Monday, November 17, 2014

BLE on Windows Phone 8.1 (and Xamarin.Forms)


Introduction / Compatibility

BLE or Bluetooth Low Energy is a bit of a funny story when it comes to Windows Phone.  The technology was created by Nokia back in 2006, but both iOS and Android added support for it in their mobile devices well before Windows Phone.  Even worse, it sounded like BLE would work on Windows Phone 8 almost 2 years ago but the simple truth is: you currently need a Windows Phone 8.1 Nokia device running at the least the Cyan update.  The “color” updates are alphabetical so Denim will work, (eggplant?), some color that’s starts with f, etc. 

You can check on update availability for Nokia Lumia devices here: 

I’ve personally been using a Rogers Nokia Lumia 920 and T-Mobile Lumia 521.  Both work well after the Cyan update.

Connecting to BLE Devices from Windows Phone

So BLE was designed to avoid needing to “Pair” devices like we do with traditional Bluetooth.  But strangely, on Windows Phone 8.1 you still need to pair with BLE devices, unlike iOS and Android.  This means opening up your Bluetooth Settings and selecting your target device.




The upside to this is, your Windows Phone doesn’t need to search for new devices every time you want to use BLE in your application.  The downside is, Windows Phone doesn’t search for new devices and therefore doesn’t verify automatically that your paired device is present.

Windows Phone 8.1 Capabilities (Permissions)

You’ll also need to specify BLE capability in your Package.Appmanifest.  Currently Visual Studio doesn’t offer BLE in capabilities selector so you’ll need to edit the file manually.



First you’ll want to include “internetClientServer” capability:

<Capability Name="internetClientServer" />


And then specify a DeviceCapability:


<m2:DeviceCapability Name="bluetooth.genericAttributeProfile">

You can then specify a BLE device specifically but to make things simple I recommend using “any”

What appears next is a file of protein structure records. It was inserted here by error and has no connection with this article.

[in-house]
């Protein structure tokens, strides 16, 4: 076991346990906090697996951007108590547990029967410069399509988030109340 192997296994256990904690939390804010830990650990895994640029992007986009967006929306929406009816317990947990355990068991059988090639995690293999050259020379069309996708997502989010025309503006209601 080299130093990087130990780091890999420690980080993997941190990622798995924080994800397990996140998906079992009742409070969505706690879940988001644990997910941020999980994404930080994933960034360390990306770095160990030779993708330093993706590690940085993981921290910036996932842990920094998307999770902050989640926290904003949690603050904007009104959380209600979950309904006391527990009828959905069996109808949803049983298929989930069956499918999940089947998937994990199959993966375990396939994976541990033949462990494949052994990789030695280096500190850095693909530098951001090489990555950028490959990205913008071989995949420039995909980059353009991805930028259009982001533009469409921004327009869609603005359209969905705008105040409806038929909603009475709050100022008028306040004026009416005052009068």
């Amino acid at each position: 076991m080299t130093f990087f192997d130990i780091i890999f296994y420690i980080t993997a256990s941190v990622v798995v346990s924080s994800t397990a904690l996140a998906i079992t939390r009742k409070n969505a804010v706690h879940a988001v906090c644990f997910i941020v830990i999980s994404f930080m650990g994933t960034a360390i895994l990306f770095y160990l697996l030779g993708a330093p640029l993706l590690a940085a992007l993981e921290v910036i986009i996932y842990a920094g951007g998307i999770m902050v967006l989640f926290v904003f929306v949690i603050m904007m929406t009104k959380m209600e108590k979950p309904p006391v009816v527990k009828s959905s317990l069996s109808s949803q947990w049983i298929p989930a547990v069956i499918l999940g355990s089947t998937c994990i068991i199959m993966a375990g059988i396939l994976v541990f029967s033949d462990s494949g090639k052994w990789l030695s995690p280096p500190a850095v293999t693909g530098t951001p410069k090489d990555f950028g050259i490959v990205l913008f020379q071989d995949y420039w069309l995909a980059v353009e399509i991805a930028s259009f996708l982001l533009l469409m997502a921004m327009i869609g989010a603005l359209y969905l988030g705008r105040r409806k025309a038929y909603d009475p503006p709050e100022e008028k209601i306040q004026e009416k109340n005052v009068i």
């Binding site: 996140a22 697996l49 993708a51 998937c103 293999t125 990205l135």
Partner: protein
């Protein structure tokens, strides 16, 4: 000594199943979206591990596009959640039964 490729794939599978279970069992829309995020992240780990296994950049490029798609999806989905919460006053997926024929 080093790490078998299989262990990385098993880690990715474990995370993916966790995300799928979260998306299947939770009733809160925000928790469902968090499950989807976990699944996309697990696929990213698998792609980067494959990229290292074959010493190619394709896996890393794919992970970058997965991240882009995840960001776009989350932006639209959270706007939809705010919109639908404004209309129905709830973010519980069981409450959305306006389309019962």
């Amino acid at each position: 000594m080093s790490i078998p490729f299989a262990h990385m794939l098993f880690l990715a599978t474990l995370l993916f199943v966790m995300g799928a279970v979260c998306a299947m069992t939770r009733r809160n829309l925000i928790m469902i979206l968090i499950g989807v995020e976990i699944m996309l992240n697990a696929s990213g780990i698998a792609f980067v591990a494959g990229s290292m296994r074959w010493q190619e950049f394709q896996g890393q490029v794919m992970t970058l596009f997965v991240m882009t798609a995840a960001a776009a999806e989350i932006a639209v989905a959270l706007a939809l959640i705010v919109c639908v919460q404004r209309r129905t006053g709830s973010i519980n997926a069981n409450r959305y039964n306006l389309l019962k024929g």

<m2:Device Id="any">


Finally, you need to specify which services you’re going to be using with the BLE device, which you can do by category or Guid:

<m2:Function Type="name:genericAccess" />

<m2:Function Type="serviceId:713d0000-503e-4c75-ba94-3148f18d941e"/>


If you’re not sure what services you’ll be using you can just list all of the categories:

<m2:Function Type="name:genericAccess" />

<m2:Function Type="name:alertNotification" />

<m2:Function Type="name:battery" />

<m2:Function Type="name:bloodPressure" />


<m2:Function Type="name:txPower" />

A simple complete example to communicate with the RedBear Labs BLE Mini:


  <Capability Name="internetClientServer" />

  <m2:DeviceCapability Name="bluetooth.genericAttributeProfile">

     <m2:Device Id="any">

        <m2:Function Type="name:genericAccess" />

        <m2:Function Type="serviceId:713d0000-503e-4c75-ba94-3148f18d941e"/>





Windows Phone 8.1 Projects

You will need to make a project targeting Windows Phone 8.1 to use BLE in your application, but there are actually two APIs you can use and they are not equal.

The more complete API set is in the new Windows Phone Store app model which uses the RT APIs.  Windows Phone Silverlight 8.1 is said to contain about 90% of the Store API but apparently some of the BLE APIs fall into the missing 10%.

Specifically, it’s missing the ability to generally search for Gatt Characteristics.  As long as you know the Guids for your characteristics this shouldn’t be an issue.  But you will come across more example code using the Windows Phone Store APIs.

Now if you’re a Xamarin.Forms developer like I am, you’re going to be using the Silverlight APIs.  The good news is, you can upgrade your Xamarin Forms Windows Phone projects to Silverlight 8.1!


Code Example

I’ll add some coding specifics on here soon, but for now, you can take a look at a Windows Phone 8.1 Silverlight example app here: